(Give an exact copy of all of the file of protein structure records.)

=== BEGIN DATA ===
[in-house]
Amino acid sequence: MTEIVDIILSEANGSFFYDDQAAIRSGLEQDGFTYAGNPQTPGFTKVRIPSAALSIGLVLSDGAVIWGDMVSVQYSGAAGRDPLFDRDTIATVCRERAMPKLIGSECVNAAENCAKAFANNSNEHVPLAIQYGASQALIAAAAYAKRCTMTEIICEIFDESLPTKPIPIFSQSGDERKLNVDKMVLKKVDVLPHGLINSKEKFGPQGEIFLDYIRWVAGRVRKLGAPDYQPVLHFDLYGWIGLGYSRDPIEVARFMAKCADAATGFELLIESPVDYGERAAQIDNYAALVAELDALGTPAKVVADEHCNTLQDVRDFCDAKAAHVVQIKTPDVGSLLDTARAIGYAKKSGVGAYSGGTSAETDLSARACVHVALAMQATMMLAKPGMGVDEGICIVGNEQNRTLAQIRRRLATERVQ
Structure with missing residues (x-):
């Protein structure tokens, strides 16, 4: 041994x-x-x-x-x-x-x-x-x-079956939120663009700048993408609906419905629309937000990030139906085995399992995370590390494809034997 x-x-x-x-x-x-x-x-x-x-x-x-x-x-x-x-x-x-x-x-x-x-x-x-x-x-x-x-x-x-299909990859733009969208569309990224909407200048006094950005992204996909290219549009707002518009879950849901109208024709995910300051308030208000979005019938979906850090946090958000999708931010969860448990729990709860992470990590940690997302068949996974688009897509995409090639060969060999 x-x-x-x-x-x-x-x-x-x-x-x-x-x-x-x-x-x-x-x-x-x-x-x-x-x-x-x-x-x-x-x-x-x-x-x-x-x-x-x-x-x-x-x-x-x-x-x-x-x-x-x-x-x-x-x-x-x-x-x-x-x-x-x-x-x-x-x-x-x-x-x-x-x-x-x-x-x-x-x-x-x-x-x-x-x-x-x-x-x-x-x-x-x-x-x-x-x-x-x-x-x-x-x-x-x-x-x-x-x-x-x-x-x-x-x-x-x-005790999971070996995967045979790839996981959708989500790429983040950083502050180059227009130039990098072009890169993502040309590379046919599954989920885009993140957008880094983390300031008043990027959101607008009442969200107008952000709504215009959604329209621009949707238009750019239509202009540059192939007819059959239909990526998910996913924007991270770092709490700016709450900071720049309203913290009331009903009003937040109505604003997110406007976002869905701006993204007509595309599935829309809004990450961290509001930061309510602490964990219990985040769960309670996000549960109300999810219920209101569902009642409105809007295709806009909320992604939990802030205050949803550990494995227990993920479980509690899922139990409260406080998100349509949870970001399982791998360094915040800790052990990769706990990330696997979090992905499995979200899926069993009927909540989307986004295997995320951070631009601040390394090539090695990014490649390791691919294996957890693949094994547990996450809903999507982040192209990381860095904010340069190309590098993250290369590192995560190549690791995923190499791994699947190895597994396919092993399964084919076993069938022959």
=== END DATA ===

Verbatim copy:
[in-house]
Amino acid sequence: MTEIVDIILSEANGSFFYDDQAAIRSGLEQDGFTYAGNPQTPGFTKVRIPSAALSIGLVLSDGAVIWGDMVSVQYSGAAGRDPLFDRDTIATVCRERAMPKLIGSECVNAAENCAKAFANNSNEHVPLAIQYGASQALIAAAAYAKRCTMTEIICEIFDESLPTKPIPIFSQSGDERKLNVDKMVLKKVDVLPHGLINSKEKFGPQGEIFLDYIRWVAGRVRKLGAPDYQPVLHFDLYGWIGLGYSRDPIEVARFMAKCADAATGFELLIESPVDYGERAAQIDNYAALVAELDALGTPAKVVADEHCNTLQDVRDFCDAKAAHVVQIKTPDVGSLLDTARAIGYAKKSGVGAYSGGTSAETDLSARACVHVALAMQATMMLAKPGMGVDEGICIVGNEQNRTLAQIRRRLATERVQ
Structure with missing residues (x-):
């Protein structure tokens, strides 16, 4: 041994x-x-x-x-x-x-x-x-x-079956939120663009700048993408609906419905629309937000990030139906085995399992995370590390494809034997 x-x-x-x-x-x-x-x-x-x-x-x-x-x-x-x-x-x-x-x-x-x-x-x-x-x-x-x-x-x-299909990859733009969208569309990224909407200048006094950005992204996909290219549009707002518009879950849901109208024709995910300051308030208000979005019938979906850090946090958000999708931010969860448990729990709860992470990590940690997302068949996974688009897509995409090639060969060999 x-x-x-x-x-x-x-x-x-x-x-x-x-x-x-x-x-x-x-x-x-x-x-x-x-x-x-x-x-x-x-x-x-x-x-x-x-x-x-x-x-x-x-x-x-x-x-x-x-x-x-x-x-x-x-x-x-x-x-x-x-x-x-x-x-x-x-x-x-x-x-x-x-x-x-x-x-x-x-x-x-x-x-x-x-x-x-x-x-x-x-x-x-x-x-x-x-x-x-x-x-x-x-x-x-x-x-x-x-x-x-x-x-x-x-x-x-x-005790999971070996995967045979790839996981959708989500790429983040950083502050180059227009130039990098072009890169993502040309590379046919599954989920885009993140957008880094983390300031008043990027959101607008009442969200107008952000709504215009959604329209621009949707238009750019239509202009540059192939007819059959239909990526998910996913924007991270770092709490700016709450900071720049309203913290009331009903009003937040109505604003997110406007976002869905701006993204007509595309599935829309809004990450961290509001930061309510602490964990219990985040769960309670996000549960109300999810219920209101569902009642409105809007295709806009909320992604939990802030205050949803550990494995227990993920479980509690899922139990409260406080998100349509949870970001399982791998360094915040800790052990990769706990990330696997979090992905499995979200899926069993009927909540989307986004295997995320951070631009601040390394090539090695990014490649390791691919294996957890693949094994547990996450809903999507982040192209990381860095904010340069190309590098993250290369590192995560190549690791995923190499791994699947190895597994396919092993399964084919076993069938022959």